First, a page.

16 minute read

From March 2020 through September 2021 I ran an online community of military officers called RINGKNOCKER.

The mission was to create connections between shipmates and comrades-in-arms who couldn’t get together physically due to the COVID crisis. We hosted over 80 weekly Zoom calls that brought together thousands of people who learned together how to activate a powerful network they ALREADY had, but hadn’t learned how to leverage.

Running RINGKNOCKER was an incredible experience, all the more so because I was able to do it from my home on the island of Bali!

Like all good things, RINGKNOCKER eventually ran its course: attendance dropped as the COVID lockdowns came to an end, and we decided to finish on a high note rather than run it into the ground. While the RINGKNOCKER operation is firmly in the rear-view mirror, the community and I continue to benefit from the connections we made during that time.

I’m a software engineer by trade, and I won’t pretend to possess some arcane secret about running great events. But if RINGKNOCKER taught me ANY important lesson about hosting events, it’s this one:

Brilliance is a nice-to-have. NOT SUCKING IS ESSENTIAL!

If your event is competently organized and offers the occasional small flash of brilliance, many attendees will return for more, and bring friends to boot! But if your event can’t get out of its own way, it won’t matter how brilliant your content is: most attendees will never darken your door again.

I can’t help you be brilliant. That’s on you. But what I’m going to share here is a template for creating and operating an event—more properly, a series of events—that is virtually guaranteed not to disappoint. It’s a pretty good formula that you can easily build on in whatever ways make sense.

Why Am I Writing This?

I have a buddy here on Bali who is a talented software developer.

A few weeks ago he created a Telegram channel and opened it up to other developers on the island. It’s a great forum where we can have awesome technical conversations and NOT have to explain anything to the Instagram bimbos, marketing geeks, and 22-year-old life coaches who clog every other channel on Bali.

Last month my friend decided to try hosting a physical meetup at a local crypto space and it went pretty well. Unfortunately, I was in the hospital and missed it. This afternoon I attended the second meetup. I immediately saw the potential… but I also saw a couple red flags that are probably going to undermine the event if my friend doesn’t get a handle on them.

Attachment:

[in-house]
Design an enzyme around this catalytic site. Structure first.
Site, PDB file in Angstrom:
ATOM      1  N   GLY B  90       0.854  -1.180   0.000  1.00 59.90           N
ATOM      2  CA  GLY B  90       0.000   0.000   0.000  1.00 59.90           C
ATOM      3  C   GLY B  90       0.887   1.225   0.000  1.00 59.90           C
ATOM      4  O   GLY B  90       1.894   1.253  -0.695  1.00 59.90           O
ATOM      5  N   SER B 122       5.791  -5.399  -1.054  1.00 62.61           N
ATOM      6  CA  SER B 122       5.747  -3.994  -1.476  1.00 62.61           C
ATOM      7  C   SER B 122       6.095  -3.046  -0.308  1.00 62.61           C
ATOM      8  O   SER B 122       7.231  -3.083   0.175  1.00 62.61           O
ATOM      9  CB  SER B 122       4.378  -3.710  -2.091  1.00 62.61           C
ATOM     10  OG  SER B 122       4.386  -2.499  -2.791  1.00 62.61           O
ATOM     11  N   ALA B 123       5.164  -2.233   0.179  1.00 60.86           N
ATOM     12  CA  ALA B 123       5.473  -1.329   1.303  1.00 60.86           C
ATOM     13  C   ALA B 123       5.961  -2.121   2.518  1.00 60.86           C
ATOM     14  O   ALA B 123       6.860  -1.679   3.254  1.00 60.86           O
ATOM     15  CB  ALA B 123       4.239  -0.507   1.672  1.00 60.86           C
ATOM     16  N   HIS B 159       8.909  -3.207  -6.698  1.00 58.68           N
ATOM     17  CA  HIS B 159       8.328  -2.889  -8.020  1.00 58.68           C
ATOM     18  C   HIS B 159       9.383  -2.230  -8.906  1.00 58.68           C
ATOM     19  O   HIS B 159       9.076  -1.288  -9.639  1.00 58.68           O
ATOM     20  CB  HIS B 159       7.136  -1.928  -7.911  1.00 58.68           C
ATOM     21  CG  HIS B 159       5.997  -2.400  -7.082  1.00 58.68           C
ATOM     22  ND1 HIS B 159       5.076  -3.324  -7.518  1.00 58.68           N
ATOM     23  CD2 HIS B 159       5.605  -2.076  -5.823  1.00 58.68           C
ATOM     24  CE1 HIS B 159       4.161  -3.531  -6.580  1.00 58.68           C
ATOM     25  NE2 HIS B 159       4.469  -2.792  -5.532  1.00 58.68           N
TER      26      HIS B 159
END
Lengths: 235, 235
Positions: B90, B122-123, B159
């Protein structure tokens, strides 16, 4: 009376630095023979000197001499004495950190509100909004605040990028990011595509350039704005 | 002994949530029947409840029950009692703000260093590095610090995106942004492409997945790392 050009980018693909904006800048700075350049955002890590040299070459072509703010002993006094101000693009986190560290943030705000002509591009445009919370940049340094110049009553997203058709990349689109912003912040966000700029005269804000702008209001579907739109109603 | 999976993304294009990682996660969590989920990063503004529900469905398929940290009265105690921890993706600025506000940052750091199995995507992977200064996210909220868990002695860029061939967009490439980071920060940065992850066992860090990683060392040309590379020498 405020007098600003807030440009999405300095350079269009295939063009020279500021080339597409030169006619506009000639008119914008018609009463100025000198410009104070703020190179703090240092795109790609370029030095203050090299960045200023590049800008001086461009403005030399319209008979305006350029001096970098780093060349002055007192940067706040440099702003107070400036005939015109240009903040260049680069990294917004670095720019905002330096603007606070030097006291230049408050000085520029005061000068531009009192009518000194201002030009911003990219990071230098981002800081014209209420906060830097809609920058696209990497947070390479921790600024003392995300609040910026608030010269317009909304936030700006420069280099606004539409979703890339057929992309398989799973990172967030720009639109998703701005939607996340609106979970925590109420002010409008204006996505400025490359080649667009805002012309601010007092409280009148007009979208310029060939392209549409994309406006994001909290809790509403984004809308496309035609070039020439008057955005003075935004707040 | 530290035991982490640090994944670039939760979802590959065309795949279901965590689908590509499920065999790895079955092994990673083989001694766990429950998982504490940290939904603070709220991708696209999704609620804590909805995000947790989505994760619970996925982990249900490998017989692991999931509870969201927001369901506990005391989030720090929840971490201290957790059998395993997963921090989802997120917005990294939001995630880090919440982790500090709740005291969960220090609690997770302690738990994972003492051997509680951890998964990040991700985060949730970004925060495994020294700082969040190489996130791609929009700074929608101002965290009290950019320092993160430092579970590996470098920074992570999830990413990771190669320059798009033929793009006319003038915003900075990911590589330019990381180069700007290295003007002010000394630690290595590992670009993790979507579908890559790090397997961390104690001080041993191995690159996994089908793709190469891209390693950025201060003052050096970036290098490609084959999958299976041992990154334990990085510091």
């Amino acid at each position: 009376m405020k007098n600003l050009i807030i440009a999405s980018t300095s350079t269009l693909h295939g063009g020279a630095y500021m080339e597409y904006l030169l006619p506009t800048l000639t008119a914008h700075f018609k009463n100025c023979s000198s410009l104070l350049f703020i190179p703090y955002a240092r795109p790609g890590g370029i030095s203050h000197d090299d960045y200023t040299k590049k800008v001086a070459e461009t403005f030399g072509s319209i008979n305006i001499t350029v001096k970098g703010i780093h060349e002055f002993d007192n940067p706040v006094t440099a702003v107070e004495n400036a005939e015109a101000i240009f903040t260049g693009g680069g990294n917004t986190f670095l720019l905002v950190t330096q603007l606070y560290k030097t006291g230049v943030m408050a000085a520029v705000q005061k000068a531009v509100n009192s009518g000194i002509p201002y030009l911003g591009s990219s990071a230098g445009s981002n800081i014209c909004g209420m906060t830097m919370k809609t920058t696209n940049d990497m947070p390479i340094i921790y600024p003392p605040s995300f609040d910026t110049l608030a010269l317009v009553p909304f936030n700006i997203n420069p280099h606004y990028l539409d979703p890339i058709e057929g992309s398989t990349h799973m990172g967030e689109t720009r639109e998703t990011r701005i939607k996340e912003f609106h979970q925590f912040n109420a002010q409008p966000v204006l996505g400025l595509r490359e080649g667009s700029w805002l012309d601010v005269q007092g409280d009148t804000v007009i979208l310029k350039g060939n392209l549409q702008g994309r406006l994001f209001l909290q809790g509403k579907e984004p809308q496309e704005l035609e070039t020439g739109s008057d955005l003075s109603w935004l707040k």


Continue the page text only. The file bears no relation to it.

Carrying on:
So I’m writing this guide with a VERY specific audience in mind: an audience of one talented young guy. But I also believe that these are useful lessons for ANYBODY trying something similar.

If you find any of this useful, hit the comments below and tell me about it! If not… well, it probably wasn’t for you to begin with. 🤣

That said, here goes…

The Format

The most important thing you should know about an event format is: YOU SHOULD HAVE ONE!

An event without a format is just a meeting without an agenda.

But what’s a format?

Simply put, an event’s format is a plan for the event, expressed in units of time. For example, every episode of Saturday Night Live follows this exact format. The format is so consistent that, in 45 years of weekly run time, the show only deviated from its published format nine times.

Imagine trying to figure out what to do with 67 minutes of non-commercial air time, with tens of millions of viewers, EVERY Saturday night. That is a HUGELY complex problem!

Compare that with trying to fill just the five-minute opening monologue segment. Still not trivial, obviously… but also a MUCH simpler challenge than the whole!

As any engineer will immediately understand, this is the power of problem decomposition: break a tough nut down into simpler pieces, and then solve many easy problems instead of one hard one. That’s what a good format does for you.

With that in mind, here’s the RINGKNOCKER format for a 90-minute meetup. I’ll dig into the details in the sections below:

Time Speaker Content
3 min Host Opening monologue
1 min Host Background & mission
1 min Host Host intro
1 min Host Agenda
3 min Host Guest speaker intro
30 min Guest speaker Presentation
15 min Attendees & guest speaker Q&A
15 min Previous attendees Member updates
15 min New attendees New member intros
3 min Host Closing remarks, CTA & wrap
87 min TOTAL  

A Word About Timing